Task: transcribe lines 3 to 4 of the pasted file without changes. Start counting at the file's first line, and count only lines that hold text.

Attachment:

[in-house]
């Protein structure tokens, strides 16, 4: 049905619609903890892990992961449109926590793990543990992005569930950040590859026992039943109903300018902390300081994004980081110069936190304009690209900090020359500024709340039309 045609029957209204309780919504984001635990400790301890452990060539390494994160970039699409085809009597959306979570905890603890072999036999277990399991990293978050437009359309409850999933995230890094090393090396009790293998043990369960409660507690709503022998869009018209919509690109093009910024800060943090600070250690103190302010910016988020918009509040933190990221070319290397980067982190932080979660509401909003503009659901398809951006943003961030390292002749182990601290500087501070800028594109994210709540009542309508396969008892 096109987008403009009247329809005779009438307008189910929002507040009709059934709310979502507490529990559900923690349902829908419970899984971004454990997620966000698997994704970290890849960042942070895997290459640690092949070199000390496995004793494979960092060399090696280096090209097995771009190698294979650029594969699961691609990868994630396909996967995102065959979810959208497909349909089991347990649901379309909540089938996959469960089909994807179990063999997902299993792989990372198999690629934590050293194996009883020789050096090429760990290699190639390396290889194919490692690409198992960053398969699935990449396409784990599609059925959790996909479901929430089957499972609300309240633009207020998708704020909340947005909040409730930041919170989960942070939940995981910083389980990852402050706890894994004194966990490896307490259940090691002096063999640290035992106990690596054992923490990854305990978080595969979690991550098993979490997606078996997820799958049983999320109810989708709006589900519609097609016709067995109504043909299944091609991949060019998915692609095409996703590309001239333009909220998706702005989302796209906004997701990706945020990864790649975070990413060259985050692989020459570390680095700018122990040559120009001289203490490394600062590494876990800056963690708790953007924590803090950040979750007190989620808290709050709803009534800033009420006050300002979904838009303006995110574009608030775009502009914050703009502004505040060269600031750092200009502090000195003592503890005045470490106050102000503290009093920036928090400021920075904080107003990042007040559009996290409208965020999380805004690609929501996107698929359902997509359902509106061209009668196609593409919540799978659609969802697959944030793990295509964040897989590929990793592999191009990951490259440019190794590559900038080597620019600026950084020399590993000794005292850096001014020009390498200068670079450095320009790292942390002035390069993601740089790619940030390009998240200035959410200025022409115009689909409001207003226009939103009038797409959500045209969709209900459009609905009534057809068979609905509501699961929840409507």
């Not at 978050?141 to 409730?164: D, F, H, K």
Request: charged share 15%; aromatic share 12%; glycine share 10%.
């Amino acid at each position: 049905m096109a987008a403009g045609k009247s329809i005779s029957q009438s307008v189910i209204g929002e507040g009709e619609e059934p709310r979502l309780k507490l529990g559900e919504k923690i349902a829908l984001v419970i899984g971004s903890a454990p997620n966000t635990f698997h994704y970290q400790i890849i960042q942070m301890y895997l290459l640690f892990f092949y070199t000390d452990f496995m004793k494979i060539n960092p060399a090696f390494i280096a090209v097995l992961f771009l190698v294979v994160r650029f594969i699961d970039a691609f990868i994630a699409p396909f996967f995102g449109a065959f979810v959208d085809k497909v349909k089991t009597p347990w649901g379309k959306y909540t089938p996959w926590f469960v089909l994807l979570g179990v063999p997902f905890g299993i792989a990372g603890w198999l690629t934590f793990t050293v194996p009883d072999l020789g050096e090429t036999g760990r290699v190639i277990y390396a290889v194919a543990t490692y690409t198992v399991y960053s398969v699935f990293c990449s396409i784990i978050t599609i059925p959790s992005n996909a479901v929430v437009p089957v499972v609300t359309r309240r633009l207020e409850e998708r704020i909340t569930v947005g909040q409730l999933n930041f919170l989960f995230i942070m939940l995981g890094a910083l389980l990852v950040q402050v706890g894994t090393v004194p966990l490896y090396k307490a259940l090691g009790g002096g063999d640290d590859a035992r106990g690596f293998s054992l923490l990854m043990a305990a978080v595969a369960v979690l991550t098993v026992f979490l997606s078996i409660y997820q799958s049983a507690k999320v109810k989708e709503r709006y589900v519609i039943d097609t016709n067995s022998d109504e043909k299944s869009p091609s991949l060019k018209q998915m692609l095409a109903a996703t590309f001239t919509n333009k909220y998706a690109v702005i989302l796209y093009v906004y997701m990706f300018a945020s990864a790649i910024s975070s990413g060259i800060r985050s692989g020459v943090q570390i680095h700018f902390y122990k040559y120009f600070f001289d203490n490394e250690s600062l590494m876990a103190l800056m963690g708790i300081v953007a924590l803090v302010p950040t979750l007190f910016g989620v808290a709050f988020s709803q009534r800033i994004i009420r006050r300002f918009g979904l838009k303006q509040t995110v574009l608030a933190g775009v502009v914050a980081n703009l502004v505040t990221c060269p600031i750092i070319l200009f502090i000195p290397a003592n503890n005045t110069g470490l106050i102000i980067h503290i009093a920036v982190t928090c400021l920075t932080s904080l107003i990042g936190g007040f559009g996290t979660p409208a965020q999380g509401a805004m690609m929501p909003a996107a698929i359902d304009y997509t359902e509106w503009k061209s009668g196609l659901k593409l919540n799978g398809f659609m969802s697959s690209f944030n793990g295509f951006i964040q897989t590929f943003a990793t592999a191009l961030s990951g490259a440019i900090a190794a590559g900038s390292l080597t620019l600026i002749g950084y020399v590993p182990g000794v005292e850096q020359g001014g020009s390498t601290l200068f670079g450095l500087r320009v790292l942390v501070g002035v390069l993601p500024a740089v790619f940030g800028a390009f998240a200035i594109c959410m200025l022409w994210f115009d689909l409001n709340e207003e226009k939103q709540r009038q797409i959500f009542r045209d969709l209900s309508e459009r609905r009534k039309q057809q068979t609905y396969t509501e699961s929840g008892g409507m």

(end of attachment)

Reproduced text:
């Not at 978050?141 to 409730?164: D, F, H, K």
Request: charged share 15%; aromatic share 12%; glycine share 10%.